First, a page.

Should I refinance my student loans or keep the Graduated Repayment Plan?

It depends on where you are in your career.

Last updated:

We value our editorial independence, basing our comparison results, content and reviews on objective analysis without bias. But we may receive compensation when you click links on our site. Learn more about how we make money from our partners.

The Graduated Repayment Plan and refinancing both allow you to adjust your federal student loans to your needs while likely costing less than other long-term repayment plans. Which is best for you depends on your career. Graduated repayments can help you save while you’re just starting out in your career, while refinancing can help you save after you’ve built up your credit.

Graduated Repayment Plan vs. refinancing

Graduated Repayment PlanStudent loan refinancing
Best for when …You’re initially launching your career and can’t afford the Standard Repayment Plan.You’ve established your career and have excellent credit.
How it worksMake repayments that increase every two years over a 10-year term.Take out a new loan with different rates and terms.
Pros
  • Keep federal benefits like in-school deferment
  • Repayments increase with your salary
  • Still potentially eligible for federal forgiveness programs
  • Potentially get better rates
  • Extend your term for lower repayments
  • Potentially get out of debt faster
Cons
  • No way to change your rate
  • High monthly repayments at the end of your loan term
  • Potentially pay more in interest
  • Lose all federal benefits like forgiveness eligibility
  • Might not be able to defer if you get another degree
  • Hard to qualify straight out of school

How does the Graduated Repayment Plan work?

The Graduated Repayment Plan works by giving you repayments that start off low and increase every two years over a 10-year term. This plan is best for borrowers with a low student debt load because the increases are less dramatic.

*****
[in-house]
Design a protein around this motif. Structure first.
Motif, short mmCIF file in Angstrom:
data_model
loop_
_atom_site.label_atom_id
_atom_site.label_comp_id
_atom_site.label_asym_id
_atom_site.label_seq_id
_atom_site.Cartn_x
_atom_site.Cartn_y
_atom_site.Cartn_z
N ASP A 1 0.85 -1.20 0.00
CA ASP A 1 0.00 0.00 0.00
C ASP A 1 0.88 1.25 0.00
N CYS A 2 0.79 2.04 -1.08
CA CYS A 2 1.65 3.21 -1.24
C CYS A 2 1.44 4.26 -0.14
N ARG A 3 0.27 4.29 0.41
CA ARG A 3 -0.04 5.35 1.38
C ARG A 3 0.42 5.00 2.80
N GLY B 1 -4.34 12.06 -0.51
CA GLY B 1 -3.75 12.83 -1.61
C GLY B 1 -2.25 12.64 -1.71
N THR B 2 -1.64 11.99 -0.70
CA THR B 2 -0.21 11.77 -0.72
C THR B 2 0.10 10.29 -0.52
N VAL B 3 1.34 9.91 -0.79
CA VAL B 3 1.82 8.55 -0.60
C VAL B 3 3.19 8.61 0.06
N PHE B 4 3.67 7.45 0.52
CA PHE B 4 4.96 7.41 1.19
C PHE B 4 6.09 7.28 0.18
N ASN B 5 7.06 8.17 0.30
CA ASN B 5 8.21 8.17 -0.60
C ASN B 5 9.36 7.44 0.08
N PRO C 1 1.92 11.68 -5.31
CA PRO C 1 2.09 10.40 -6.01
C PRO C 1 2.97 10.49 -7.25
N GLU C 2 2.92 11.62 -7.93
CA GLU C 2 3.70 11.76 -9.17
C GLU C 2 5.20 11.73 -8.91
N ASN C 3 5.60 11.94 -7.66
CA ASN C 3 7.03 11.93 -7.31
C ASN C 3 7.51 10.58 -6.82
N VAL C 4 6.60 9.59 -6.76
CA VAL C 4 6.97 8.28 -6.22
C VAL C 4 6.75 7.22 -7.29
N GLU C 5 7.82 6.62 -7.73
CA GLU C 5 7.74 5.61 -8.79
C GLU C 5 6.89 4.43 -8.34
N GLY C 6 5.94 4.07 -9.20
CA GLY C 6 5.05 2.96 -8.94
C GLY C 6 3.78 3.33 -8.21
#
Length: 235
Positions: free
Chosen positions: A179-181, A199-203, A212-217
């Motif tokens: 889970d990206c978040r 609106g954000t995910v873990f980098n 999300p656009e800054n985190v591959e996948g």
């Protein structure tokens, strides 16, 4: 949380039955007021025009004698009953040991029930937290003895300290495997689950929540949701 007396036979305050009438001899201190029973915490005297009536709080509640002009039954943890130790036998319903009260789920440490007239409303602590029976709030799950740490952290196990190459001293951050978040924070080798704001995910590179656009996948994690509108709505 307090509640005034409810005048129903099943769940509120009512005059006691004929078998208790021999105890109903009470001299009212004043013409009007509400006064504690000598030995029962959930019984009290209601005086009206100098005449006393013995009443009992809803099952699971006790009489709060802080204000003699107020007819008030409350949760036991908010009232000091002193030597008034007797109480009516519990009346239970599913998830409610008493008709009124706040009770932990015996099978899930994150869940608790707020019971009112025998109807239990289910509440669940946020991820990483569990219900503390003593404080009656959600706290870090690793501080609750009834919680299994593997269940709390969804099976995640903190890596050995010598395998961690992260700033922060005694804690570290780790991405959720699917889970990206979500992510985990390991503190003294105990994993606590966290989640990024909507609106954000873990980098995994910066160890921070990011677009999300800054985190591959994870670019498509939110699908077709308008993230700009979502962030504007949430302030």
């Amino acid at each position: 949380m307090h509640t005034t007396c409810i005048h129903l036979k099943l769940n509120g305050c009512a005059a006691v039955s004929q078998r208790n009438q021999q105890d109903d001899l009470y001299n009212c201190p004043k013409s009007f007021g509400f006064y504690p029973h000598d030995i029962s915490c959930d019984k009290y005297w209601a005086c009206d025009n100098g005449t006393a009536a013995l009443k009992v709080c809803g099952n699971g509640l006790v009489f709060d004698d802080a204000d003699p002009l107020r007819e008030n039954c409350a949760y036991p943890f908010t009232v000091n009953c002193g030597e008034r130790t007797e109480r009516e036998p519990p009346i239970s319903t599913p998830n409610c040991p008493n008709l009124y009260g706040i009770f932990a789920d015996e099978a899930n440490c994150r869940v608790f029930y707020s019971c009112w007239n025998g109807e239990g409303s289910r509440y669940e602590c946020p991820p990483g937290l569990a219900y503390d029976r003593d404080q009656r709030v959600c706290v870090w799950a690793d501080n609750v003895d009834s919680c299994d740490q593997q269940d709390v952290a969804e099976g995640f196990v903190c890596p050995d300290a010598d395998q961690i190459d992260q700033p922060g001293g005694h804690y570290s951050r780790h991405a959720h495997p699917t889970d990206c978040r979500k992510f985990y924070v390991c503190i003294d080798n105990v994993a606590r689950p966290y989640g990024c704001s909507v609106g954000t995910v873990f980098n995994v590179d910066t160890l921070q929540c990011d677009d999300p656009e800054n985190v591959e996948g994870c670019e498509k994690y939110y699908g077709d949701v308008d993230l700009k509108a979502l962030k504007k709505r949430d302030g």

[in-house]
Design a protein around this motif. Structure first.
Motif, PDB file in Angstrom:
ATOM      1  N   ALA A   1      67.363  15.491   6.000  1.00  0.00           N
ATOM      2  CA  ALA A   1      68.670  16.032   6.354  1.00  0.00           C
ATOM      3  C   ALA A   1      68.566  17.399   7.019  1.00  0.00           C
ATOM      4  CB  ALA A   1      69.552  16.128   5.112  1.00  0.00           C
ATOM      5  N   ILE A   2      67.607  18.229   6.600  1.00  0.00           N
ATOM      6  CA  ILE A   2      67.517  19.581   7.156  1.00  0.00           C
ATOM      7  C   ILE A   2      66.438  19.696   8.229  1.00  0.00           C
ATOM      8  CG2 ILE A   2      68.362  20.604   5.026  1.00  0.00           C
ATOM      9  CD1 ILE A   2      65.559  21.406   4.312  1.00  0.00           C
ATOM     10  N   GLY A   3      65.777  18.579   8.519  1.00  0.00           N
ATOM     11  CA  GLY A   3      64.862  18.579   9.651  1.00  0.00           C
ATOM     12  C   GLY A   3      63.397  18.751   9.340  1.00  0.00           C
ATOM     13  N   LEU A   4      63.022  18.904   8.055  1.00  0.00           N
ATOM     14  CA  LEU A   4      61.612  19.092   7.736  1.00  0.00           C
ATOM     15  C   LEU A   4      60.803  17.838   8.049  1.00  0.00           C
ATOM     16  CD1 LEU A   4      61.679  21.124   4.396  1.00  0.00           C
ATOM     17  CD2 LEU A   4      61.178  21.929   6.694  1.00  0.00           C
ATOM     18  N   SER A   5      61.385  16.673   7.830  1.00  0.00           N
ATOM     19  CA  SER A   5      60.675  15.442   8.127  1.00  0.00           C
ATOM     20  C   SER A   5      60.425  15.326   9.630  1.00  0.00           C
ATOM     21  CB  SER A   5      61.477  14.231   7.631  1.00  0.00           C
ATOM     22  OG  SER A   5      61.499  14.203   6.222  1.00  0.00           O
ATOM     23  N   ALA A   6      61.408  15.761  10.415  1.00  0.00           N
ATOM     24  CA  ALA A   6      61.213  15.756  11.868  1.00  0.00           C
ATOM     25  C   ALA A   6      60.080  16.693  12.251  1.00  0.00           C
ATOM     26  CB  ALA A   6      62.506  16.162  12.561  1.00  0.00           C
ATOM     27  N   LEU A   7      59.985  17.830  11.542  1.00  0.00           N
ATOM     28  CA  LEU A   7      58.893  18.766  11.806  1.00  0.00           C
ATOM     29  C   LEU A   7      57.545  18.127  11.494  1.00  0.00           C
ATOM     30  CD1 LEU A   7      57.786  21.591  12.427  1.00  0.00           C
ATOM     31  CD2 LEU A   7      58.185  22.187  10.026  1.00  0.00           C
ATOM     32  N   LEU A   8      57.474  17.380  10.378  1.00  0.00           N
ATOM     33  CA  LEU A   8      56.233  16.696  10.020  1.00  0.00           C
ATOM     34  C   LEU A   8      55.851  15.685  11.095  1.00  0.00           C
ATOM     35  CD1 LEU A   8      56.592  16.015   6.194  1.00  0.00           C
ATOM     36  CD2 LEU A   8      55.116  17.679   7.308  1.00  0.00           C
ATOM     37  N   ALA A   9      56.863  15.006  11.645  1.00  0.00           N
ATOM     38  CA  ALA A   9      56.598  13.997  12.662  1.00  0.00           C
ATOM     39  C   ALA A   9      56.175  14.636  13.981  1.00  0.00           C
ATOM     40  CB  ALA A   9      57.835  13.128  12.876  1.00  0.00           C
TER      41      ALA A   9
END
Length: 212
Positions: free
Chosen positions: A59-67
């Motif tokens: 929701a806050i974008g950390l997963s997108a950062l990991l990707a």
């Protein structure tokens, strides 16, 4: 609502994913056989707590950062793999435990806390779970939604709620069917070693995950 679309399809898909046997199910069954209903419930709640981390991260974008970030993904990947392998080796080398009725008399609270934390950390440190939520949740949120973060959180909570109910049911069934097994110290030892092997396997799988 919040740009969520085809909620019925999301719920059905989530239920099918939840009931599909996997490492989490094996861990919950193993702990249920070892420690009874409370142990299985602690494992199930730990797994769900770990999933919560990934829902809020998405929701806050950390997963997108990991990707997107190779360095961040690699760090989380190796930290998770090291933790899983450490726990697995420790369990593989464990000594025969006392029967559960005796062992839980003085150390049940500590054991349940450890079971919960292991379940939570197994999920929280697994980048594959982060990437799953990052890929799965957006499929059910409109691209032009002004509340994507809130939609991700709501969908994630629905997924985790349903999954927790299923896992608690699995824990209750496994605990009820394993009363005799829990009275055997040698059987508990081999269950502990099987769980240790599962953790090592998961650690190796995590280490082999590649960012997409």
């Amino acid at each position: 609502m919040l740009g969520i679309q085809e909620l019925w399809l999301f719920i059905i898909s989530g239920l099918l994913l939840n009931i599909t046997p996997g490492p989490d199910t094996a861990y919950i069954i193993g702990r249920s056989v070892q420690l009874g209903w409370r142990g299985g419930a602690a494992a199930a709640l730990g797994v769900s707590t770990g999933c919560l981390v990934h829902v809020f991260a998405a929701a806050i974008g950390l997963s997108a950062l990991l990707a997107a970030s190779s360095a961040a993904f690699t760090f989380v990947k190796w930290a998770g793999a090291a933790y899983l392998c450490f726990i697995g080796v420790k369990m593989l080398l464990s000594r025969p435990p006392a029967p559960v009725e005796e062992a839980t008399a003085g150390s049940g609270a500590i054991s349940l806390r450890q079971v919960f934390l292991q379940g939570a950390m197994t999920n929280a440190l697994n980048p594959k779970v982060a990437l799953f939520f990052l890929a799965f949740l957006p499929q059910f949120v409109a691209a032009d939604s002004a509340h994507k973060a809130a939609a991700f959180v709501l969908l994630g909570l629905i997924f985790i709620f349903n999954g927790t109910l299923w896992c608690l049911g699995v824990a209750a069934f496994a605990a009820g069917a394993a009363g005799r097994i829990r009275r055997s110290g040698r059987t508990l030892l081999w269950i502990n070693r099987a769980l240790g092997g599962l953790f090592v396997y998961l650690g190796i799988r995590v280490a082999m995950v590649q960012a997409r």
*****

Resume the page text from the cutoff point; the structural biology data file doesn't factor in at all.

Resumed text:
If you’ve consolidated your federal loans with a Direct Consolidation Loan, you can stretch this out over 30 years. While this makes repayments less dramatic, you’ll pay much more in interest.

When should I stick with the Graduated Repayment Plan?

You might want to consider the Graduated Repayment Plan in the following situations:

  • You’re starting a career with lots of room to grow. Graduated repayments are designed for borrowers who think their salary will increase over the next 10 years.
  • You’ve recently graduated. Maybe you’re not sure what you want to do, but you know you’ll probably earn more than you do right now.
  • You have little debt. The larger your loan balance, the more dramatic the jump will be in repayments every two years.
  • You might want to switch federal repayment plans. You can always switch to another federal repayment plan if graduated repayments aren’t working for you.

When should I consider another plan?

  • You have a lot of debt. Depending on your student debt load and salary, you could end up with exorbitant monthly repayments by the end of your term.
  • You’re in a low-paying field. Even if you’re new to your career, if you don’t expect to have a dramatic increase in your salary over the next decade, graduated repayments can be difficult to manage.
  • You want to save on interest. Those low starting repayments mean you might not pay the full amount of interest that adds up in the beginning, which can increase the cost of your loan.

How does refinancing work?

Student loan refinancing works by taking out another loan from a private company to pay off your current loan. You end up with an entirely different loan, along with new rates, terms and benefits. What you qualify for depends on factors like your credit history and income. You can apply with a cosigner if you don’t qualify on your own, though you often still need to have good credit.

You might be able to qualify for a lower interest rate if you’ve built up your credit and are settled in your career. But you’ll lose all of the benefits that come with federal loans, such as a wide range of deferment options and eligibility for some forgiveness programs.

When should I consider refinancing?

  • You have excellent credit. You need to have strong credit to beat the rates you already have on your federal student loans.